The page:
Daily Archives: September 20, 2019

Broker, Frank Yocum, Recognized as “Best of Maryland Heights”

On August 14, 2019, Hilliker Broker, Frank Yocum, was recognized as one of the “Best of Maryland Heights” by the Maryland Heights Chamber of Commerce.

With years of commitment to the community, Frank Yocum is currently helping 5 businesses find and negotiate optimal locations in Maryland Heights, while also volunteering to build the community through dedicated volunteer work with:

  • The Maryland Heights Chamber of Commerce
  • The Taste of Maryland Heights
  • The Maryland Heights Development Committee
  • The Maryland Heights Business Expo
  • The American Legion Post 213
  • CHAMP Assistance Dogs
  • Leftovers, Etc.

Congratulations, Frank on your well-deserved recognition!

St. Louis entrepreneur uses business as springboard into investment, then retirement

Multifamily Investment Property in St. Louis’s Metro East

Dan Lester is living the American dream.

Having begun his career as a mechanic, Lester opened Lesco Enterprises, a pre-owned car dealership and auto repair shop, in 1987. As Lesco grew, Lester was eventually able to stop leasing from someone else. He purchased property for the business in Cool Springs, MO, near West Florissant and I-70.

In 2009, he continued to diversify. He learned about a nearly 12,000 square foot multifamily investment property for sale at 1901 State Street in Granite City, IL.

The building was booked solid with tenants, promising an immediate source of income on day one. The bottom floor was ideal for a new business idea he had — a showroom for selling used appliances. Positioned in the business district and close to a bus stop, the location was right. He purchased the building as an investment for the future.

With Lester as landlord, tenants enjoyed a full-service lease, and Lester determined not to raise the price as long as he was the owner.

Though Granite City went through tough economic times (the city’s top employer, US Steel, had stopped production in 2015), the building stayed leased. For Lester, it served as a reliable investment for many years.

A Set-Back Turned into an Opportunity

Unfortunately, in 2016, the building suffered from a fire. Though no tenants were hurt, the building was devastated. It needed a complete overhaul if the tenants were going to move back in.

Though it was not an ideal situation, Lester decided to turn it around to improve his property’s value and his tenant’s experience.

He took the insurance payout to remodel the building, inside and out.

  • He updated the roof.
  • Had the exterior professionally tuckpointed.
  • Painted the interior and exterior.
  • Installed brand new carpet.
  • Updated the bathrooms with modern sinks, toilets, and bathtubs.

Additionally, he covered up the cinder block walls, framed in the apartments, and put in drywall. The building became more beautiful, matching a steadily redeveloping downtown area.

Making a Dream Come True

By 2017, Lester was ready to cash out and transition into retirement. Lester had a specific goal. He wanted to move to Thailand.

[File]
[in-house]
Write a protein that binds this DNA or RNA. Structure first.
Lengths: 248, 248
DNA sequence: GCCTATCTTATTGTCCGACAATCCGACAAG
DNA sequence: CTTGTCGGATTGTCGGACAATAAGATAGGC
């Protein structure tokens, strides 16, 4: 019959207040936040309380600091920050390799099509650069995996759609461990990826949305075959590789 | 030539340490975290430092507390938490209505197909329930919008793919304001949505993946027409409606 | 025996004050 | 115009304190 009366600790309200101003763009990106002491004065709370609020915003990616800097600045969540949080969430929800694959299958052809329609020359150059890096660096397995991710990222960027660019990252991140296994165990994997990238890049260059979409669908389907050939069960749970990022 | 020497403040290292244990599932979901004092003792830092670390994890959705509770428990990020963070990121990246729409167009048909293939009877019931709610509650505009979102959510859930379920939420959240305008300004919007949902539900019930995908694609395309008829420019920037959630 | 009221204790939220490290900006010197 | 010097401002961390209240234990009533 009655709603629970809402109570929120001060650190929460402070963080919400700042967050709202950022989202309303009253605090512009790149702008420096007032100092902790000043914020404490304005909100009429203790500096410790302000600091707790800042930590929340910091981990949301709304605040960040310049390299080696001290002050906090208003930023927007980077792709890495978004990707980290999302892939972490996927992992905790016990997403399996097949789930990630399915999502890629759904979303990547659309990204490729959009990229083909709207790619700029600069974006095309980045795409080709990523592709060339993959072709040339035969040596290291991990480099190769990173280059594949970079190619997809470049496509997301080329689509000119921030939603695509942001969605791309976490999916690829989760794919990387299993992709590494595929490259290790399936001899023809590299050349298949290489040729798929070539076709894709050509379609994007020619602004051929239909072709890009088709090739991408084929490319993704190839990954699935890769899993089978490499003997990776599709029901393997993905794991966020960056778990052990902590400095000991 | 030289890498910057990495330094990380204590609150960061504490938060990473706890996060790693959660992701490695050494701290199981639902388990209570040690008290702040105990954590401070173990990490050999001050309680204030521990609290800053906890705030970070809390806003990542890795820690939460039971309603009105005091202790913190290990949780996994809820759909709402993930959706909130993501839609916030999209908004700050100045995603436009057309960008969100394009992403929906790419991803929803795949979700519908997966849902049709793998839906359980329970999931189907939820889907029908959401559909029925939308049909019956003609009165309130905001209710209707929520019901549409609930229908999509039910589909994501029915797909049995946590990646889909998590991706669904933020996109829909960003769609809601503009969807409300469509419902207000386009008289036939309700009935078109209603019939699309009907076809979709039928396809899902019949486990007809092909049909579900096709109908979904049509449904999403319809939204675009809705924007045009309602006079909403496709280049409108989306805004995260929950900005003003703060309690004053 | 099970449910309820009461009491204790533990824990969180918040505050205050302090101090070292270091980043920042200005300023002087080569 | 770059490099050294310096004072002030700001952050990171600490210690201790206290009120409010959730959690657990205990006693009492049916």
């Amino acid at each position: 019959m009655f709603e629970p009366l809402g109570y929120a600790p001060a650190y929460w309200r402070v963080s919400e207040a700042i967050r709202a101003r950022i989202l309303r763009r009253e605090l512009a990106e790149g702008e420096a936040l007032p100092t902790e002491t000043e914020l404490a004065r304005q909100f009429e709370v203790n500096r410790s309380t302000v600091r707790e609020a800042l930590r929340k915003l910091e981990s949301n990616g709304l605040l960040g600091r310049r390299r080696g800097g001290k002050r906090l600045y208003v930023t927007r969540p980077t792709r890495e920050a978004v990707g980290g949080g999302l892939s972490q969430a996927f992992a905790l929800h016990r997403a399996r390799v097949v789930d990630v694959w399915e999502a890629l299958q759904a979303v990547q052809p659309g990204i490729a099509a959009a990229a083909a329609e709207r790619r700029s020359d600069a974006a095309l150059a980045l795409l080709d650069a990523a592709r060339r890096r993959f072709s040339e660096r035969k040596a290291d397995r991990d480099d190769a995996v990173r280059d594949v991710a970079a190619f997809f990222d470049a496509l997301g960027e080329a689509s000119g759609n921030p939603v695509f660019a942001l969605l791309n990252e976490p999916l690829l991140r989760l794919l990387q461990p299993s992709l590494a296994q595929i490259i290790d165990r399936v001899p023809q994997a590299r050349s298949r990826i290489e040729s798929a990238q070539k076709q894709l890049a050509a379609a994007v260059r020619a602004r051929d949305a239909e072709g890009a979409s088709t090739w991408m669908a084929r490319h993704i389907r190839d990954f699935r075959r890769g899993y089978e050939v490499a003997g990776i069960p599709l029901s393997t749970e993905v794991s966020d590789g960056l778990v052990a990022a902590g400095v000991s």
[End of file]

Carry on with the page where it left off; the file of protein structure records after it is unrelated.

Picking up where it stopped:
Having spent vacations there many times, he had fallen in love with the culture, people, and way of life. He wanted to find a way to spend the rest of his years in the South Pacific.

John H. ShepleyHe sold the auto repair shop and pre-owned car dealership. Then, he contacted Jake Shepley of Hilliker Corporation, who listed 1901 Granite City for sale. Together, they went to work looking for a buyer.

It wasn’t easy at first. Granite City real estate was moving slowly, and investors were looking for a high capitalization rate of return (cap rate). Shepley and Lester had to price strategically if they were going to attract an investor.

For the first year, they didn’t see any serious buyers. However, the city had a boost when its primary employer, US Steel, restarted production. Bringing back 800 workers in 2018, Granite City became a more attractive place for investors.

Soon, they heard from Kelvin Lai of Eugene Investments. Based in Atlanta, Lai has several holdings in the St. Louis area. He sent his local property manager and appraiser to tour the building several times.

They were impressed by Lester’s recent renovation, the quality tenants, and the town’s rising employment numbers.

Lesco, represented by Jake Shepley, sold 1901 State Street in Granite City, IL to Eugene Investments. Combined with the proceeds from the sale of his business, Lester is making plans to move to Thailand this year.

Where Are You in Your Commercial Real Estate Lifecycle?

Hilliker’s brokers are here to guide their clients into profitable decisions wherever they happen to be in their Real Estate Lifecycle.

  • STARTUP — Are you looking to make your first lease or purchase? We’ll help you make quality decisions that will work well for your current needs. We take the long view, however, and look to set you up for success.
  • GROWTH & MATURITY — As business owners tire of paying rent, they often want to buy their own building. We help business owners purchase commercial property. Then, we set them up for success through our tenant acquisition, lease negotiation, and property management services.